Project Description

Author: Yasmeen et al.


Burnout, a pervasive condition affecting healthcare professionals, particularly physicians, manifests as mental and physical exhaustion stemming from the demanding nature of their profession. The healthcare sector of the twenty-first century faces substantial challenges, with burnout emerging as a prominent issue due to the stress and uncertainties encountered by doctors in their work. However, there remains a dearth of information regarding the extent of burnout among frontline doctors in Bangladesh, despite its potential impact on physician performance and patient care during residency training. This study aims to address this gap by examining the prevalence of burnout among postgraduate trainees working in various tertiary care hospitals. Specifically, the study will be conducted in a cross-sectional design, encompassing 388 FCPS trainees and MD/MS resident physicians from Bangladesh Dhaka Medical College Hospital (DMCH), Chittagong Medical College Hospital (CMCH), and Rajshahi Medical College Hospital (RMCH). Participants will be selected from multiple faculties, including medicine, surgery, pediatrics, as well as basic and paraclinical disciplines within the selected tertiary care hospitals. Over a period of six months, the study will be carried out following ethical clearance obtained from the Public Health Foundation. Data collection will involve detailed interviews using a semi-structured questionnaire encompassing socio-demographic, job-related, and burnout-related inquiries. The Copenhagen Burnout Inventory will be employed to determine the levels of burnout experienced by participants. IBM SPSS Statistics, version 23.0, will be utilized for statistical analysis.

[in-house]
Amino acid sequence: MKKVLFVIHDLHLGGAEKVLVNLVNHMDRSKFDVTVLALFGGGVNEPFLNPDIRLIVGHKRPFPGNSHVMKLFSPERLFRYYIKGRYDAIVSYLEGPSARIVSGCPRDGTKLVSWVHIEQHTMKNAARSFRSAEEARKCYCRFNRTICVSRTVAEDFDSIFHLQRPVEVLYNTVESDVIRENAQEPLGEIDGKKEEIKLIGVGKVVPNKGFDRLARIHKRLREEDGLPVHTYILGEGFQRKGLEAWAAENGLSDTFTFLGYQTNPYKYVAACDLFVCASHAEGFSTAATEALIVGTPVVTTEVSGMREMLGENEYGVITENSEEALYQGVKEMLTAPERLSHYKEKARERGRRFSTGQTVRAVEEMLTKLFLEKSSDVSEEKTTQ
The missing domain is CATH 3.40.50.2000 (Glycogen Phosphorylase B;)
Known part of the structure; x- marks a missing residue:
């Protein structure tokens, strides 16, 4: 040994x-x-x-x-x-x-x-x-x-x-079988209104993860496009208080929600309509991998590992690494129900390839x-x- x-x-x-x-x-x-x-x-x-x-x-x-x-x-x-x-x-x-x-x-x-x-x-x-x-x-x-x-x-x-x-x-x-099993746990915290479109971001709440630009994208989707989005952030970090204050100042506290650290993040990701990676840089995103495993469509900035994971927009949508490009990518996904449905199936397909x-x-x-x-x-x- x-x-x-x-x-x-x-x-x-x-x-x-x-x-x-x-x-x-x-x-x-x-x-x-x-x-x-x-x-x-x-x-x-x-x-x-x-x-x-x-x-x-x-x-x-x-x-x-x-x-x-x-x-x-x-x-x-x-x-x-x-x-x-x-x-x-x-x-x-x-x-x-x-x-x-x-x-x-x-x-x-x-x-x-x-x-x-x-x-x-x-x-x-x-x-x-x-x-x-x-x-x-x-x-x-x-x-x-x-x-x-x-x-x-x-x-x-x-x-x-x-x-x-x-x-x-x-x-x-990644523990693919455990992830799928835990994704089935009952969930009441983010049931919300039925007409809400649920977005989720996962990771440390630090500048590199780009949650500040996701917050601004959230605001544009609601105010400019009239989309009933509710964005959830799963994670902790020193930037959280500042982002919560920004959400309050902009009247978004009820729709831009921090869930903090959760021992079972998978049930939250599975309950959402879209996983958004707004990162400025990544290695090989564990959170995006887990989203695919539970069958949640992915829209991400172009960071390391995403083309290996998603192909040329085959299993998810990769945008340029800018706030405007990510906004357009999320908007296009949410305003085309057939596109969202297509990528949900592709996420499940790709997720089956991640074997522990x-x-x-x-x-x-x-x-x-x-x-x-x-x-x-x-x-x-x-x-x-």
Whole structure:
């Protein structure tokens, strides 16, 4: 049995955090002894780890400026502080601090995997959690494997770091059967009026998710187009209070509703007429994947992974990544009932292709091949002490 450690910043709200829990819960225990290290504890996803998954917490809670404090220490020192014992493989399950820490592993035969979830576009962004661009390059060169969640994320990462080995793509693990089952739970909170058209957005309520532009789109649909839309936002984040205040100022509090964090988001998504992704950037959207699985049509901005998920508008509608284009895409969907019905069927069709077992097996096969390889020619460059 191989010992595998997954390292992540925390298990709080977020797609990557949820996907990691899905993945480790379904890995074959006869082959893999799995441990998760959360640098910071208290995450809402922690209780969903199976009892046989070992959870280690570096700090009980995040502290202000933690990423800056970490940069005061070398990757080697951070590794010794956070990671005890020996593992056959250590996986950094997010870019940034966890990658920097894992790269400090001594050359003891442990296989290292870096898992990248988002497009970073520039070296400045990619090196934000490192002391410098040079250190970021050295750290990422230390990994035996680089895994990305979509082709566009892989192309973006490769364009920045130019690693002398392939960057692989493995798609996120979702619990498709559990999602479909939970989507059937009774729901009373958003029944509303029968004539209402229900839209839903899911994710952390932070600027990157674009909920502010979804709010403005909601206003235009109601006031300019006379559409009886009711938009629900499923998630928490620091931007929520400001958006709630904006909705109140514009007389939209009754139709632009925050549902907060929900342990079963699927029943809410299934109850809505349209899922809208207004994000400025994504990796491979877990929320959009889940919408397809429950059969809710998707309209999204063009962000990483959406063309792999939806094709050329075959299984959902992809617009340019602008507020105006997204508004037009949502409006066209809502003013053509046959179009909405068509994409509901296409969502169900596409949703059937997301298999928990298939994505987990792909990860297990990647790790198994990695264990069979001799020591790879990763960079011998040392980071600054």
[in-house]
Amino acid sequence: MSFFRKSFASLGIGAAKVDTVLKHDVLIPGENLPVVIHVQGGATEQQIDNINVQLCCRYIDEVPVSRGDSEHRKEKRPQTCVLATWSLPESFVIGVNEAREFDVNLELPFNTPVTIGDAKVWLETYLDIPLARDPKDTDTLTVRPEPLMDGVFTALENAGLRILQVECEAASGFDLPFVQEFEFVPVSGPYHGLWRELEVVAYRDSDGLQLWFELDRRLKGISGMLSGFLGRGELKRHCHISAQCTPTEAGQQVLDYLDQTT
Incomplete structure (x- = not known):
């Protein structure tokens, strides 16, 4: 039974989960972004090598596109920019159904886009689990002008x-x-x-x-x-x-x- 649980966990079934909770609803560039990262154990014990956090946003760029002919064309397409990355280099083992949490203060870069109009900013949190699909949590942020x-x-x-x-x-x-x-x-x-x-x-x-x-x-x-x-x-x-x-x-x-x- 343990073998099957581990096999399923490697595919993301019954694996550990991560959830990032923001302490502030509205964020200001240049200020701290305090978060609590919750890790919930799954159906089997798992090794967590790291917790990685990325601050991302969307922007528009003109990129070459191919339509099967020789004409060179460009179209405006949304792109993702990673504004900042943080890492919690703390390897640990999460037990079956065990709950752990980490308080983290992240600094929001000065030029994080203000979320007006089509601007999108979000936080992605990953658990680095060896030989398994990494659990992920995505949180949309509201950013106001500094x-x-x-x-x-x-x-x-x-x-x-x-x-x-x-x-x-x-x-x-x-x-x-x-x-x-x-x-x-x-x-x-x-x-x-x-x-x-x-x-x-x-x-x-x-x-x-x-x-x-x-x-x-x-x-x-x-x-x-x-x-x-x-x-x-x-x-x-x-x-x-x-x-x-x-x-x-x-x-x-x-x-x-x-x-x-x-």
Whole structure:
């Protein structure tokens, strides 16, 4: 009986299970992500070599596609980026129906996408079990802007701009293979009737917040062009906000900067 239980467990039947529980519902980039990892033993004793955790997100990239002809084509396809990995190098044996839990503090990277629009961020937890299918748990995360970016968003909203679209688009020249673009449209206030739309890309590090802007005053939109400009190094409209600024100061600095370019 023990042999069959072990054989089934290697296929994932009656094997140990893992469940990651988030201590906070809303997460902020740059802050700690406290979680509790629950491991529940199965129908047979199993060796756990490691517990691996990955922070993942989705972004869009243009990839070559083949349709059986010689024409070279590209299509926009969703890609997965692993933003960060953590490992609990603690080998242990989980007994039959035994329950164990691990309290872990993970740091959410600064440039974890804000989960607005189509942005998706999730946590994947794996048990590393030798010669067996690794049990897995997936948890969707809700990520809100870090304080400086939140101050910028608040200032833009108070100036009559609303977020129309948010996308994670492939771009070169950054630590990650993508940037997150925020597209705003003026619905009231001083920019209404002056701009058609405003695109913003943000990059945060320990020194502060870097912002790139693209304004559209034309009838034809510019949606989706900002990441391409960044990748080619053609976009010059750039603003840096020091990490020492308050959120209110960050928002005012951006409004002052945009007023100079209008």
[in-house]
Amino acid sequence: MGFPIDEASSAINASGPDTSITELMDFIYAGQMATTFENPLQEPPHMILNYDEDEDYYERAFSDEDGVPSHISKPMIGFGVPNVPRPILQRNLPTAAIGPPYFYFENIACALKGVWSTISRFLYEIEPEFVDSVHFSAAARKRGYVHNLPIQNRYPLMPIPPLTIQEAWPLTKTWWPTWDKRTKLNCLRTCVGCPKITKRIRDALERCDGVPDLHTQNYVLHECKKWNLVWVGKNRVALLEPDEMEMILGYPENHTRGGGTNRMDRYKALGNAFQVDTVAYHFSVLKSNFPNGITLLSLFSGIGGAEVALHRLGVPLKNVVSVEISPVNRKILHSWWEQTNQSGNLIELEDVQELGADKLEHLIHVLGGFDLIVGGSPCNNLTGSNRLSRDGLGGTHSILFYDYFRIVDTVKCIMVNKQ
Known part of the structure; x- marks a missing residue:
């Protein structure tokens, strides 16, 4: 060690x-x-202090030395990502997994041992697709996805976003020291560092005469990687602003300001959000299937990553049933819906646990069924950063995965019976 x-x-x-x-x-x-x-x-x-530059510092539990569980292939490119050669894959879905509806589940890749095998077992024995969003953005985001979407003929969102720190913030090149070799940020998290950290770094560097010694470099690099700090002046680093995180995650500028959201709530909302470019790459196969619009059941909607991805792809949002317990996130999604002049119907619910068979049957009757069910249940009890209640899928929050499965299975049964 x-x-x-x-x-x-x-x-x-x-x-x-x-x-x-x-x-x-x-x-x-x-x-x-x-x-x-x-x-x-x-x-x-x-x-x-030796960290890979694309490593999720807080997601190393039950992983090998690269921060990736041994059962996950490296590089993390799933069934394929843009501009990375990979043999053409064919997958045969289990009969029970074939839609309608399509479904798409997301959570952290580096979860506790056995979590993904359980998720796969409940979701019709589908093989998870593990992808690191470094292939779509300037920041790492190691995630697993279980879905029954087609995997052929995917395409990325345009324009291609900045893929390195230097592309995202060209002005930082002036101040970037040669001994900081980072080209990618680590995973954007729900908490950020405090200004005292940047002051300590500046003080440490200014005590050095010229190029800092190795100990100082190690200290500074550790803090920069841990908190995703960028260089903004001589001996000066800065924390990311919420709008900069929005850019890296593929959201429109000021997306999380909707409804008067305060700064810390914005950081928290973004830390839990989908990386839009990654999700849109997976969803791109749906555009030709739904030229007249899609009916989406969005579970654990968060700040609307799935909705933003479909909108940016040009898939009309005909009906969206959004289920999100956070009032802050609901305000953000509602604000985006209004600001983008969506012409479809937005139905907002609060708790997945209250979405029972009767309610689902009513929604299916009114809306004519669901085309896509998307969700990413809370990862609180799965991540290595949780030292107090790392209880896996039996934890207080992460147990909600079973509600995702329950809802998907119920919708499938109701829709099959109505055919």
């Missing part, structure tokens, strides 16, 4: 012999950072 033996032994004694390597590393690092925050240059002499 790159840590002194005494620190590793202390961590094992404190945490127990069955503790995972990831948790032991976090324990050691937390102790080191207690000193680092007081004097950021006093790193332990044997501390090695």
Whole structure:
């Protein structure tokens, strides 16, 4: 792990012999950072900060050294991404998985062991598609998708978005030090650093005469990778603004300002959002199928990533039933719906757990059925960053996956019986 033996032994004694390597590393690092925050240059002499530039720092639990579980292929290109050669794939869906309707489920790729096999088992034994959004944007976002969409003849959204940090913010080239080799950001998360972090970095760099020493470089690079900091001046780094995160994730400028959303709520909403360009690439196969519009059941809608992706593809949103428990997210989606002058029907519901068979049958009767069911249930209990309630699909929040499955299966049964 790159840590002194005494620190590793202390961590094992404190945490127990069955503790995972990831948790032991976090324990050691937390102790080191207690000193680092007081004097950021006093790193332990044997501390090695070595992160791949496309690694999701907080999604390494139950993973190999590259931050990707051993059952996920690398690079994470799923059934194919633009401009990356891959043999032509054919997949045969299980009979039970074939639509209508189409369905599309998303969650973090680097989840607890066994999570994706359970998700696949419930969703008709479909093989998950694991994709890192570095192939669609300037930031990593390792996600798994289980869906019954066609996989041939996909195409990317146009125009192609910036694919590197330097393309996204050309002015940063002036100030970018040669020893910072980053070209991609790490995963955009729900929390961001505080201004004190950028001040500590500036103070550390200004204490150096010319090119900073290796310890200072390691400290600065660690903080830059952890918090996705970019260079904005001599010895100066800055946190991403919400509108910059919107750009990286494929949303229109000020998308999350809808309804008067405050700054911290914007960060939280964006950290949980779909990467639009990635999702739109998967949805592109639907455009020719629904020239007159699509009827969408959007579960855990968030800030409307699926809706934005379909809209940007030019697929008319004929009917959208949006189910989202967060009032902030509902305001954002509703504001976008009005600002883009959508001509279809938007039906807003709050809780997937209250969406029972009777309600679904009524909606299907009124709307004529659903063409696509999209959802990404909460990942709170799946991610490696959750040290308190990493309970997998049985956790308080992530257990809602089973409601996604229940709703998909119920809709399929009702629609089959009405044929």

Throughout the project, strict adherence to the principles outlined in the Declaration of Helsinki will be observed, ensuring the protection of participants’ rights and welfare from selection to project completion.

Status: Ongoing

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